“Eighth Grade” is available to rent on Amazon Prime Video.


  • “Lady Snowblood” (1973) – Directed by Toshiya Fujita

Famous for being the inspiration for Quentin Tarantino’s “Kill Bill” series, “Lady Snowblood” is a tale of bloody revenge. Yuki, a young woman who is practically revenge incarnate, is out for vengeance for the men who ruined the life of her mother, and she will stop at nothing to give them what they deserve. The cinematography, editing and action choreography are all worth noting, accompanied by a very flashy style by director Fujita. 

“Lady Snowblood” is available on the Criterion Channel.


  • “Being John Malkovich” (1999) – Directed by Spike Jonze

A puppeteer, played by John Cusack, stumbles upon a tunnel in an office building that leads inside the mind of actor John Malkovich. It’s exactly as strange and wonderful as it sounds, with a script by Charlie Kaufman that’s littered with humor and contains one of the most bizarre love triangles of all time. While the movie is plenty entertaining, there is a lot to be read into on a heavier watch. 

“Being John Malkovich” is available on Netflix.


If you’ve got some time on your hands and you really want to delve into the intentions and the choices of the story, performances, direction and more, these movies are for you; however, these movies can require a bit more patience than an average movie might.


  • “Mulholland Drive” (2001) – Directed by a personal favorite of mine, David Lynch 

“Mulholland Drive” is a dream and a nightmare of love, betrayal and crushed aspirations. When Betty, played by Naomi Watts, arrives in Hollywood hoping to become an actress, she meets a woman who has lost her memory in a car accident, leading them both to the dark corners of Los Angeles. With wonderful performances, music, editing and a twist-littered script, “Mulholland Drive” is definitely worth the watch.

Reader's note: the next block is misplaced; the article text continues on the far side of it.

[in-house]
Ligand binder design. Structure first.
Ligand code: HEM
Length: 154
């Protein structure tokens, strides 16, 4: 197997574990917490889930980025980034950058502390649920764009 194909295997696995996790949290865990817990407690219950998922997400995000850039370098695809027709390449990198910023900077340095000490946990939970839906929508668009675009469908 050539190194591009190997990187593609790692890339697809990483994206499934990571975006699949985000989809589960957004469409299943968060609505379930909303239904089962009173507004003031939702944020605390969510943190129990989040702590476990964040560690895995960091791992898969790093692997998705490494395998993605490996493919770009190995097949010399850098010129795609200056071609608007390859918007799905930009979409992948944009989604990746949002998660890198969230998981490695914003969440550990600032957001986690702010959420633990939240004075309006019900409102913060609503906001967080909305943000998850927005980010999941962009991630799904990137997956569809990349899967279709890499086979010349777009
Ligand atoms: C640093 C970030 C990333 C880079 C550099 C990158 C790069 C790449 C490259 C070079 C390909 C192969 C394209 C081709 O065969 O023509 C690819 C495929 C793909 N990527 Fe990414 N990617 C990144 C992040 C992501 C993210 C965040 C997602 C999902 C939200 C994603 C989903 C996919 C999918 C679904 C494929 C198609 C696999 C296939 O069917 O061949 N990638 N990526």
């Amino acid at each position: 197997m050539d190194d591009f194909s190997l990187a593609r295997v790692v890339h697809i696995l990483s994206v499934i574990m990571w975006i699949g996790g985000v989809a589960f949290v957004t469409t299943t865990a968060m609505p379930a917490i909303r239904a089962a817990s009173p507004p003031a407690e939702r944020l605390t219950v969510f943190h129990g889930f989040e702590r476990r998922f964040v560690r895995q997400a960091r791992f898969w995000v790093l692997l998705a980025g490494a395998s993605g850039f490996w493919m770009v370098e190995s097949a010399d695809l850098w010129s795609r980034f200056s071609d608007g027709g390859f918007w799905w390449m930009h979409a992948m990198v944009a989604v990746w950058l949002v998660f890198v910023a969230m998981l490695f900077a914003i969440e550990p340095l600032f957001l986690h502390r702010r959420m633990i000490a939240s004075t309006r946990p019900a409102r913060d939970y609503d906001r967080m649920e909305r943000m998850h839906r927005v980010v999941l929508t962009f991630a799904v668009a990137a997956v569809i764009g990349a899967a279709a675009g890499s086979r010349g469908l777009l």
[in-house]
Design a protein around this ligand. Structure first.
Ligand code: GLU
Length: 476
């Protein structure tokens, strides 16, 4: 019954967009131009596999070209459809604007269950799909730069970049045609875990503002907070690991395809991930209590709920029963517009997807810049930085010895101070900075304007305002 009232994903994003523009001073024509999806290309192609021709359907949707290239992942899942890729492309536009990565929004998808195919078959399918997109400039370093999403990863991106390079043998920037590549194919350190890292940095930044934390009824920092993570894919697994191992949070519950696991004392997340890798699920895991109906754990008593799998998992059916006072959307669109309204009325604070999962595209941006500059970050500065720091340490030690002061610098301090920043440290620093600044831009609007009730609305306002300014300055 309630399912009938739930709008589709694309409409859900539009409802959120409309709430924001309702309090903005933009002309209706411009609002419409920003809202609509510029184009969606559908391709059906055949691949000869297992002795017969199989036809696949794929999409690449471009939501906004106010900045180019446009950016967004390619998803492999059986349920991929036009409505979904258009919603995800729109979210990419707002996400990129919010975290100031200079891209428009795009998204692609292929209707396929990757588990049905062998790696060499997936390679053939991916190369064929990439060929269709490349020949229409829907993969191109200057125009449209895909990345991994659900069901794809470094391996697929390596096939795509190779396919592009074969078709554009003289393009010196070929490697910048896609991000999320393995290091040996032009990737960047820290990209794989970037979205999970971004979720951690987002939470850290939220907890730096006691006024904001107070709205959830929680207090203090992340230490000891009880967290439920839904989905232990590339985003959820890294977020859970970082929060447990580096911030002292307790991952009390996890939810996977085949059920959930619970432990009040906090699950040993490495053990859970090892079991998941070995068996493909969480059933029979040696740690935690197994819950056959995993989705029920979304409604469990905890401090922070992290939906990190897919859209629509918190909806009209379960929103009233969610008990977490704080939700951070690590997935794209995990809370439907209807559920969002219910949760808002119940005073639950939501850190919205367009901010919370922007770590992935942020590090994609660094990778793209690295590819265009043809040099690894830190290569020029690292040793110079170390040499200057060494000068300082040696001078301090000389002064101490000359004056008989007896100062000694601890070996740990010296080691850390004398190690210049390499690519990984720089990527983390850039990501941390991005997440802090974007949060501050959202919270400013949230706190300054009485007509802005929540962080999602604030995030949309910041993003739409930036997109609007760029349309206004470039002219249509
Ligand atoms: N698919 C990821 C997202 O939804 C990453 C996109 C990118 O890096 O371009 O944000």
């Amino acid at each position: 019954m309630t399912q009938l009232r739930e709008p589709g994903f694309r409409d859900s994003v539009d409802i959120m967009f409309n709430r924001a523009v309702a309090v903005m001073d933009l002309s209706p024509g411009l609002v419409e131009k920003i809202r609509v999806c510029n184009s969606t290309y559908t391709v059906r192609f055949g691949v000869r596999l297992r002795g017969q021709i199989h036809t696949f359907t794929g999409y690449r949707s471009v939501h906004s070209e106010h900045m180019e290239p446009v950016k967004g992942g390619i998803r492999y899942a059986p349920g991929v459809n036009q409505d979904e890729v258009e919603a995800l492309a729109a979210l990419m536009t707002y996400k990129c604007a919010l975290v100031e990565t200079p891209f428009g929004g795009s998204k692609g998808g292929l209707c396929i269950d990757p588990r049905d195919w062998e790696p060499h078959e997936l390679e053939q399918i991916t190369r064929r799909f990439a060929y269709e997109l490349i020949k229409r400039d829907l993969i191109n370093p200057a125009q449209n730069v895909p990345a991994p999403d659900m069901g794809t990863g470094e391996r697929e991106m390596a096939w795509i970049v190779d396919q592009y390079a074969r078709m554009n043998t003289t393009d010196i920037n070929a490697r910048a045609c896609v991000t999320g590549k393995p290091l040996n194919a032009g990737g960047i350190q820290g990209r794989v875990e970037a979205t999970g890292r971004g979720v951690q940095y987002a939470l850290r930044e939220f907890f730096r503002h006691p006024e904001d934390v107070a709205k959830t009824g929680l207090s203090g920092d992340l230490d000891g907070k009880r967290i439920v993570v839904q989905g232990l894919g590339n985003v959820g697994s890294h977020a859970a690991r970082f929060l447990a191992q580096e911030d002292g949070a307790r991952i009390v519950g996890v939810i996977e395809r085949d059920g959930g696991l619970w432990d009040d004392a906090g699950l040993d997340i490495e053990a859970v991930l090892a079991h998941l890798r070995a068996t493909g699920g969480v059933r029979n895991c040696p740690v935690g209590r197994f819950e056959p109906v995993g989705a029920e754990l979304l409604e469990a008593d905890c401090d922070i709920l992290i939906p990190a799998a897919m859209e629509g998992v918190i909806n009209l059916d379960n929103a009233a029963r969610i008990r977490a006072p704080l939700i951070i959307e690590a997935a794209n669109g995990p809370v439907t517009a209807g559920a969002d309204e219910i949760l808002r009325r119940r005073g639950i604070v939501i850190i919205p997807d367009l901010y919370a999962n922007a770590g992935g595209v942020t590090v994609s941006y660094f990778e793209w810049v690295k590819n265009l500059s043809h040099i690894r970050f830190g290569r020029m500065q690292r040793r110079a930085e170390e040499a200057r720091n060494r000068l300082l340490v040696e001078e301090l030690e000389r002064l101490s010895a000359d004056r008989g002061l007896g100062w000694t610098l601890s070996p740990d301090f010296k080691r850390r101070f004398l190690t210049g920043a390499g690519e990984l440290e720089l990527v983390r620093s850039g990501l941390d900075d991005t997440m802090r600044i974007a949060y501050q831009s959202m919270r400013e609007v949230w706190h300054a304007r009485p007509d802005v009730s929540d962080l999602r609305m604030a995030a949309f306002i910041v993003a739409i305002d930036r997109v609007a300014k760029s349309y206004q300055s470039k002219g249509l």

“Mulholland Drive” is available to rent on Youtube.


  • “Paris, Texas” (1984) – Directed by Wim Wenders

In “Paris, Texas,” Harry Dean Stanton stars as Travis, a man who pushes away and doesn’t talk about the troubles from his past, until he is reunited with his young son, Carson. Breaking down concepts of family structure and masculinity, this winner of the 1984 Cannes festival Palme D’or will take you on a rollercoaster of emotion driven home by a heartbreaking performance by Stanton. Wenders, a filmmaker from Germany, directed the film, and it was written by playwrights Sam Shepard and L.M. Kit Carson. 

“Paris, Texas” is available on HBO Max. 


  • “The Lighthouse” (2019) – Directed by Robert Eggers

“The Lighthouse” is a fever dream of suspicion, lies, vulnerability and a whole lot of alcohol. Driven by intense and insane performances from Robert Pattinson and Willem Dafoe, this film is simply excellent with beautiful black and white cinematography and a very tall aspect ratio of 1.19:1. A myth and a nightmare, the story follows two men who are in charge of taking care of a lighthouse while a nasty storm is on the way. It is co-written and directed by Robert Eggers, who recently made a great horror movie, “The Witch,” which is also worth checking out. 

“The Lighthouse” is available on Amazon Prime.